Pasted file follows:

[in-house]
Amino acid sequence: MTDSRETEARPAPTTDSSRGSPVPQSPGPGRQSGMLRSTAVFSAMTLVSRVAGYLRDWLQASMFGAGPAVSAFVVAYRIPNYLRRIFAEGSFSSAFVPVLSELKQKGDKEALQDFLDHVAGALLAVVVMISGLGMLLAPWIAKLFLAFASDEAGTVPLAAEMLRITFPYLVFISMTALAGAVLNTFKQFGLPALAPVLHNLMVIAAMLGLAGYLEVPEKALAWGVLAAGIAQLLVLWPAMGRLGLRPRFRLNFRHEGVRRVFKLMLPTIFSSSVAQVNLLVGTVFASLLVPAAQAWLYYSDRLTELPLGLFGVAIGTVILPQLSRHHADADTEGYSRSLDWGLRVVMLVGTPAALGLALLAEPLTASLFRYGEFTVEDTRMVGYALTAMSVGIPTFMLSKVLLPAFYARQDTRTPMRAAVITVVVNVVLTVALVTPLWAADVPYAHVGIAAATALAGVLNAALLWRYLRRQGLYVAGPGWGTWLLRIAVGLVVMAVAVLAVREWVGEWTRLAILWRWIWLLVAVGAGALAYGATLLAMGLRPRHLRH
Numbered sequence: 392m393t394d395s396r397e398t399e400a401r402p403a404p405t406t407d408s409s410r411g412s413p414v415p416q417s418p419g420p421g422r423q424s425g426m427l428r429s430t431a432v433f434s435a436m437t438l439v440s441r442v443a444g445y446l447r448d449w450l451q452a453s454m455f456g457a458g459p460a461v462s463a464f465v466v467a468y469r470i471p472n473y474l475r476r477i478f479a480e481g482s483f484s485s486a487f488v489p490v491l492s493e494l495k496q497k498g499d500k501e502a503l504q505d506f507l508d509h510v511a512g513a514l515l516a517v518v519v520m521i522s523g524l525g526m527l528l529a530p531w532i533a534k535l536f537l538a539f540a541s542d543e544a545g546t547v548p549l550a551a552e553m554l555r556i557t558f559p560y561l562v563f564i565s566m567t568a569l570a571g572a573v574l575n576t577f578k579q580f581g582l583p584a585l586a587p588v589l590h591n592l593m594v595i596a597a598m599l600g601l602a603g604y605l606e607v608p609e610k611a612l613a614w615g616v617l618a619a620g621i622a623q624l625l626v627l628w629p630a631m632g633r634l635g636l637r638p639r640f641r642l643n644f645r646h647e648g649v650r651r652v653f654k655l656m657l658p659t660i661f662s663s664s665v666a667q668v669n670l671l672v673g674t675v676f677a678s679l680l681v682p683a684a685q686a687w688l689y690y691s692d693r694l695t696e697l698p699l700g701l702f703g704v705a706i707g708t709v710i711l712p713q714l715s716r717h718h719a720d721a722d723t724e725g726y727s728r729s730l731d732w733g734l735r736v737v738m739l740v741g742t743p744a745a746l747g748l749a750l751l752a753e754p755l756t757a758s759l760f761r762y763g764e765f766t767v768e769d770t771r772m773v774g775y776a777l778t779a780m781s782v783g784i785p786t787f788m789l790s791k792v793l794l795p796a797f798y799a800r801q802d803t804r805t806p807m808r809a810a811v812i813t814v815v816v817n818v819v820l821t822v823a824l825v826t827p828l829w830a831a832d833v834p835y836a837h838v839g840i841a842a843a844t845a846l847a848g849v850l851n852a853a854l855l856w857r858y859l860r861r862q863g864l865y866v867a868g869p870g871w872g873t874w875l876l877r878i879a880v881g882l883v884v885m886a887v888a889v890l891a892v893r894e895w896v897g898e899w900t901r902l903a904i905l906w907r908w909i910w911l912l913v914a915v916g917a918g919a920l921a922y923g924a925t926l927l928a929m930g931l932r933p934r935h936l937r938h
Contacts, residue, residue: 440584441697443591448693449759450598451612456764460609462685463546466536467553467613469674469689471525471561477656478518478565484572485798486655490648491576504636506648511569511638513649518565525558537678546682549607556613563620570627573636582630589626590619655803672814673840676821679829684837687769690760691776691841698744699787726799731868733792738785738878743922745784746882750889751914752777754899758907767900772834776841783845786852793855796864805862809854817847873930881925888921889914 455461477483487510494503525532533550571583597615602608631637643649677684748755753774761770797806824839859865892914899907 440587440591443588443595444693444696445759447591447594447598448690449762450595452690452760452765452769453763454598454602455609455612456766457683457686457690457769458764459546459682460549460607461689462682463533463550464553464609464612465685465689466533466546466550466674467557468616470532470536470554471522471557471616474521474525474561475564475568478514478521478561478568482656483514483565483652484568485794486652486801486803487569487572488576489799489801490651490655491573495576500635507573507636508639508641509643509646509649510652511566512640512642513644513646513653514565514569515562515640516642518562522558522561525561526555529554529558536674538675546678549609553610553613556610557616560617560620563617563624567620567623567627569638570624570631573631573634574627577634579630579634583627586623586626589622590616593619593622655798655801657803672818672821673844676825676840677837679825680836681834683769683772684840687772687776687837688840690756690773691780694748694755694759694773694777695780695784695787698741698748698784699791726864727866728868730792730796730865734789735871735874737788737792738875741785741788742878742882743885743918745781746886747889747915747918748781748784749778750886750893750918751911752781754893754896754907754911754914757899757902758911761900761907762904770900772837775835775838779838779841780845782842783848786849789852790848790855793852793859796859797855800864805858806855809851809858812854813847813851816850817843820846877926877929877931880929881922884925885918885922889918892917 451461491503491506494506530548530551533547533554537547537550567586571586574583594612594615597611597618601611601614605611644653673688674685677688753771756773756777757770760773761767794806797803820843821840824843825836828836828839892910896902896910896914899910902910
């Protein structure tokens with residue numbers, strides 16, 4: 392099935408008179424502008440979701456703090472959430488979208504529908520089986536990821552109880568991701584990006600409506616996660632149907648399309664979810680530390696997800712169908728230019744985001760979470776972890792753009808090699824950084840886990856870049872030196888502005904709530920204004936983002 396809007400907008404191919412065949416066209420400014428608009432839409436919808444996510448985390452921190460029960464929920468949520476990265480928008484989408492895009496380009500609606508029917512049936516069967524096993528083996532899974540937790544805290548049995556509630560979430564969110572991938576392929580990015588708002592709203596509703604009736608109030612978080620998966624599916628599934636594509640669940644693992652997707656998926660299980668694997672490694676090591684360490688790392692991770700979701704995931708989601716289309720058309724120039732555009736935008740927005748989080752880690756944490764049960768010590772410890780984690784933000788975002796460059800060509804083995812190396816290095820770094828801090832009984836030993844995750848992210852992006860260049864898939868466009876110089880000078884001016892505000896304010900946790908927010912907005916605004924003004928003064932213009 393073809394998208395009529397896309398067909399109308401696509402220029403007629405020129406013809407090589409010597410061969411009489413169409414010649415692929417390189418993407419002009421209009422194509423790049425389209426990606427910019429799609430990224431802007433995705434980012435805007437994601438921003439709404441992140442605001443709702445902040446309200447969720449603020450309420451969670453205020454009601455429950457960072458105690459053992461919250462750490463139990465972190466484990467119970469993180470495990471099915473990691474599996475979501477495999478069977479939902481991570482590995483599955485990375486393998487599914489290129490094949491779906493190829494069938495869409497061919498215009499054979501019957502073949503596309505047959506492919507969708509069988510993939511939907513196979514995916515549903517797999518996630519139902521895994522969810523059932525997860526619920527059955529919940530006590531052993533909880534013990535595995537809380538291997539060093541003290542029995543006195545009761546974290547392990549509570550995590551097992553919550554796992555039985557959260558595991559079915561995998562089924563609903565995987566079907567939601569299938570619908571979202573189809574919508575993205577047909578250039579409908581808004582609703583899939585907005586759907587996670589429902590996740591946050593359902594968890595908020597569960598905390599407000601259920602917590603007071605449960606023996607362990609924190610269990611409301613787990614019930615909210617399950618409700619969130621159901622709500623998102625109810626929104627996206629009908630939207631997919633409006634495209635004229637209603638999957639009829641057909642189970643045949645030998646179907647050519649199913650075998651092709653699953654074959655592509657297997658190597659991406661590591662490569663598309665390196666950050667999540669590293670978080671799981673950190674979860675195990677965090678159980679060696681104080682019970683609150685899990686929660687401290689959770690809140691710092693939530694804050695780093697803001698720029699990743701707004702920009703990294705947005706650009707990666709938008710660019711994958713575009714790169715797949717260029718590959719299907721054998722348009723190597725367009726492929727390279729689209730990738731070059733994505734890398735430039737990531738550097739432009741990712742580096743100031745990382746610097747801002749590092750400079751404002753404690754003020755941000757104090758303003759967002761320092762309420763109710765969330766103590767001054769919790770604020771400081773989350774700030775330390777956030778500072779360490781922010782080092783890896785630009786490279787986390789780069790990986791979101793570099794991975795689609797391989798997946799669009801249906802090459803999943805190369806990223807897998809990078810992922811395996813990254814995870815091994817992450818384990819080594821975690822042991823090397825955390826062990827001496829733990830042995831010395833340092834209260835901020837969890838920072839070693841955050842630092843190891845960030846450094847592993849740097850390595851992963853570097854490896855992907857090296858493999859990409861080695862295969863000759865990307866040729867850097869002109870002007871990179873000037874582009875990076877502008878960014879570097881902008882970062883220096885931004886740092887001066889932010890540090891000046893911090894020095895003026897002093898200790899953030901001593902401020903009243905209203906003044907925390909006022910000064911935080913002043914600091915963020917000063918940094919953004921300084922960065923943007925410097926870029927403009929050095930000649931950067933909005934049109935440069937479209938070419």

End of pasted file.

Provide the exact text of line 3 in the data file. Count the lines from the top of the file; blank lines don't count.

Numbered sequence: 392m393t394d395s396r397e398t399e400a401r402p403a404p405t406t407d408s409s410r411g412s413p414v415p416q417s418p419g420p421g422r423q424s425g426m427l428r429s430t431a432v433f434s435a436m437t438l439v440s441r442v443a444g445y446l447r448d449w450l451q452a453s454m455f456g457a458g459p460a461v462s463a464f465v466v467a468y469r470i471p472n473y474l475r476r477i478f479a480e481g482s483f484s485s486a487f488v489p490v491l492s493e494l495k496q497k498g499d500k501e502a503l504q505d506f507l508d509h510v511a512g513a514l515l516a517v518v519v520m521i522s523g524l525g526m527l528l529a530p531w532i533a534k535l536f537l538a539f540a541s542d543e544a545g546t547v548p549l550a551a552e553m554l555r556i557t558f559p560y561l562v563f564i565s566m567t568a569l570a571g572a573v574l575n576t577f578k579q580f581g582l583p584a585l586a587p588v589l590h591n592l593m594v595i596a597a598m599l600g601l602a603g604y605l606e607v608p609e610k611a612l613a614w615g616v617l618a619a620g621i622a623q624l625l626v627l628w629p630a631m632g633r634l635g636l637r638p639r640f641r642l643n644f645r646h647e648g649v650r651r652v653f654k655l656m657l658p659t660i661f662s663s664s665v666a667q668v669n670l671l672v673g674t675v676f677a678s679l680l681v682p683a684a685q686a687w688l689y690y691s692d693r694l695t696e697l698p699l700g701l702f703g704v705a706i707g708t709v710i711l712p713q714l715s716r717h718h719a720d721a722d723t724e725g726y727s728r729s730l731d732w733g734l735r736v737v738m739l740v741g742t743p744a745a746l747g748l749a750l751l752a753e754p755l756t757a758s759l760f761r762y763g764e765f766t767v768e769d770t771r772m773v774g775y776a777l778t779a780m781s782v783g784i785p786t787f788m789l790s791k792v793l794l795p796a797f798y799a800r801q802d803t804r805t806p807m808r809a810a811v812i813t814v815v816v817n818v819v820l821t822v823a824l825v826t827p828l829w830a831a832d833v834p835y836a837h838v839g840i841a842a843a844t845a846l847a848g849v850l851n852a853a854l855l856w857r858y859l860r861r862q863g864l865y866v867a868g869p870g871w872g873t874w875l876l877r878i879a880v881g882l883v884v885m886a887v888a889v890l891a892v893r894e895w896v897g898e899w900t901r902l903a904i905l906w907r908w909i910w911l912l913v914a915v916g917a918g919a920l921a922y923g924a925t926l927l928a929m930g931l932r933p934r935h936l937r938h